Build Back Better Is Back From The Dead And Could Be Passed Next Month

Ad Blocker Detected

Our website is made possible by displaying online advertisements to our visitors. Please consider supporting us by disabling your ad blocker.

A slimmed-down version of Build Back Better that covers a number of President Biden’s economic priorities could pass next month as Senate Democrats have made major progress.

NBC News reported:

Democrats plan to submit a “finalized agreement” on allowing Medicare to negotiate prices with pharmaceutical companies to a key Senate official “in the coming days” to see if it complies with the chamber’s strict budget rules, one of the sources said.

The source, who requested anonymity to discuss sensitive negotiations between Senate Majority Leader Chuck Schumer, D-N.Y., and Sen. Joe Manchin, D-W.Va, described the expected move as “major progress” that shows Democratic leadership wants to “move forward with a bill on the floor as early as next month.”

There’s no final deal on the broader bill, however, as the other major parts of the “reconciliation” package — energy and climate policy provisions and tax changes to raise revenue — are still being negotiated between Schumer and Manchin. Unless an agreement can be reached quickly, it would be difficult to pass the bill before a scheduled month-long August recess.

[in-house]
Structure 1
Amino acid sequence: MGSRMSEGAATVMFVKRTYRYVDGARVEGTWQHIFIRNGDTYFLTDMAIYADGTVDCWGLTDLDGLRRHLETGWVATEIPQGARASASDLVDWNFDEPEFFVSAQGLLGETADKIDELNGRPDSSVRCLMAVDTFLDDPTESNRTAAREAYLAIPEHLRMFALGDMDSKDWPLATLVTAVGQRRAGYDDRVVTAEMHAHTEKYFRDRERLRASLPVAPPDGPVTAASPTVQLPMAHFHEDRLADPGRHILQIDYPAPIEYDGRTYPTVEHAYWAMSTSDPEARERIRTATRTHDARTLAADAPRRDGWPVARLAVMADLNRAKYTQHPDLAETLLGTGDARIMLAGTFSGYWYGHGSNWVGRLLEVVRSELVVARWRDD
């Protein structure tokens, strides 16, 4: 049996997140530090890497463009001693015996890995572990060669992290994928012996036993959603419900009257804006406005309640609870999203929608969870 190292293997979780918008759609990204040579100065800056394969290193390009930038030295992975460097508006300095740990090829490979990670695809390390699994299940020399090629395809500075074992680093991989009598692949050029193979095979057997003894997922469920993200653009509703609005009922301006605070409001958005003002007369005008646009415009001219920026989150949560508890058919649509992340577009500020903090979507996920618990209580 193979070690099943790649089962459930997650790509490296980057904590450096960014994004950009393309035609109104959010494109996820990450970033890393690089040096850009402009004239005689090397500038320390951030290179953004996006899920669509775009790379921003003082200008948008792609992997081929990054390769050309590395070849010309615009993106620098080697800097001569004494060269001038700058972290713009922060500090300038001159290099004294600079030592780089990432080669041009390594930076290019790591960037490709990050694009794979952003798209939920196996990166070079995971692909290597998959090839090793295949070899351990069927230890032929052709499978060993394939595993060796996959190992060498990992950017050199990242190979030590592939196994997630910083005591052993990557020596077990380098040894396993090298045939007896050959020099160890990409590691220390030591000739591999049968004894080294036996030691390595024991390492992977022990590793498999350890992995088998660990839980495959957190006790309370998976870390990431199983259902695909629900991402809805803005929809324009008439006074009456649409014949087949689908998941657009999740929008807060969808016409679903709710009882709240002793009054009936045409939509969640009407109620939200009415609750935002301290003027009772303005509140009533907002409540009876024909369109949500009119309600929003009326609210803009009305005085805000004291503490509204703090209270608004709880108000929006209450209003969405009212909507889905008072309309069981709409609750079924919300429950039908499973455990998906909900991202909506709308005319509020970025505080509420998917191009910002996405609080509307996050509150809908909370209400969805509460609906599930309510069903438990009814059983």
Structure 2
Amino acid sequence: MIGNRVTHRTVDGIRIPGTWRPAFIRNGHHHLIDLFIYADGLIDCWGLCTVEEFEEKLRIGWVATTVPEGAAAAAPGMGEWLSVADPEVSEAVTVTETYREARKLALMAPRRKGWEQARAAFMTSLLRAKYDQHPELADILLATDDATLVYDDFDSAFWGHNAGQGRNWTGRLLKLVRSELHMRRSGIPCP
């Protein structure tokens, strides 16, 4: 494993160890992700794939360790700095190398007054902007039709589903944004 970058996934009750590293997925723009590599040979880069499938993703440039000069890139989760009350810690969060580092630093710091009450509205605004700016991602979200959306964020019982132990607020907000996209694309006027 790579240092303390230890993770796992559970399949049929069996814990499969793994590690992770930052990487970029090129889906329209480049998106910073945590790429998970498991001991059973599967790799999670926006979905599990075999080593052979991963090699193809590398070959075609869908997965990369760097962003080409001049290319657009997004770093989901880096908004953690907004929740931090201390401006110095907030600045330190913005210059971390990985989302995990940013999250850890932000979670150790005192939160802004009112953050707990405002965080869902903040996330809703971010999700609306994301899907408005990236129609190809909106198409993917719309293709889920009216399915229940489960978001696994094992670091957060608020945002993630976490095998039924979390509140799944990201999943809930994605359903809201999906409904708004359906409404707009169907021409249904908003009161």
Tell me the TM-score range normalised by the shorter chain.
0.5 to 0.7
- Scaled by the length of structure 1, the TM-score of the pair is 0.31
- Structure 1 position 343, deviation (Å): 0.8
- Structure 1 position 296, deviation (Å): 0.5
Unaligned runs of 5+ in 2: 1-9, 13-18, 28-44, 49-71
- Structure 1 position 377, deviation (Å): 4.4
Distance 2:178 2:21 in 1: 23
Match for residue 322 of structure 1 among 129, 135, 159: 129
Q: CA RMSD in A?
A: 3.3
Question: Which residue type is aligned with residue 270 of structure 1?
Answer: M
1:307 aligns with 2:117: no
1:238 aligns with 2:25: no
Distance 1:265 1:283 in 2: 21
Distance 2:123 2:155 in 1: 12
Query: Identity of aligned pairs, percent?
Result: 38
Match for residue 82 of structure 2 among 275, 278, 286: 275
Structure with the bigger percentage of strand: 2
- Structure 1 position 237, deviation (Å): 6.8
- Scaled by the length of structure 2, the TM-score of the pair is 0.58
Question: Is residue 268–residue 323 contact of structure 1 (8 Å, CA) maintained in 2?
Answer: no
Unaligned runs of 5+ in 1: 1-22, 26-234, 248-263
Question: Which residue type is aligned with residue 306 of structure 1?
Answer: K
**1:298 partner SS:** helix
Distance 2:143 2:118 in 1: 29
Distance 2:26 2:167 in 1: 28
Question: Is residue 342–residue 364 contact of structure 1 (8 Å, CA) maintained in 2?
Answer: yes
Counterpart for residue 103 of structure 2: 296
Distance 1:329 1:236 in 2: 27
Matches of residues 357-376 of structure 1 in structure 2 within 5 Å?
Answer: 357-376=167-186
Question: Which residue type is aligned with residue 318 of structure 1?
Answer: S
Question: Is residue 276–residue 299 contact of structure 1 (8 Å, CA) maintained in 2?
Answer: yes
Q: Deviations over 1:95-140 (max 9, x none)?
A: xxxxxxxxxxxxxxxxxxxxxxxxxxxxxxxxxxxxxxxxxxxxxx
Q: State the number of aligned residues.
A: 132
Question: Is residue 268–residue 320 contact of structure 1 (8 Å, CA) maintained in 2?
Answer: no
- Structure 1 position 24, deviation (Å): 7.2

The idea of allowing Medicare to negotiate prescription drug prices has been a goal of Democrats for decades. The tax changes are the other big goal as the Trump tax cuts for the rich must be done away with.

A deal on some version of Build Back Better always seemed possible because there were major parts of the agenda that all 50 Democrats support.

If Build Back Better comes back from the political dead and gets passed into law, it will be one of the biggest surprises in years, and it just might happen.

Mr. Easley is the managing editor. He is also a White House Press Pool and a Congressional correspondent for PoliticusUSA. Jason has a Bachelor’s Degree in Political Science. His graduate work focused on public policy, with a specialization in social reform movements.

Awards and  Professional Memberships

Member of the Society of Professional Journalists and The American Political Science Association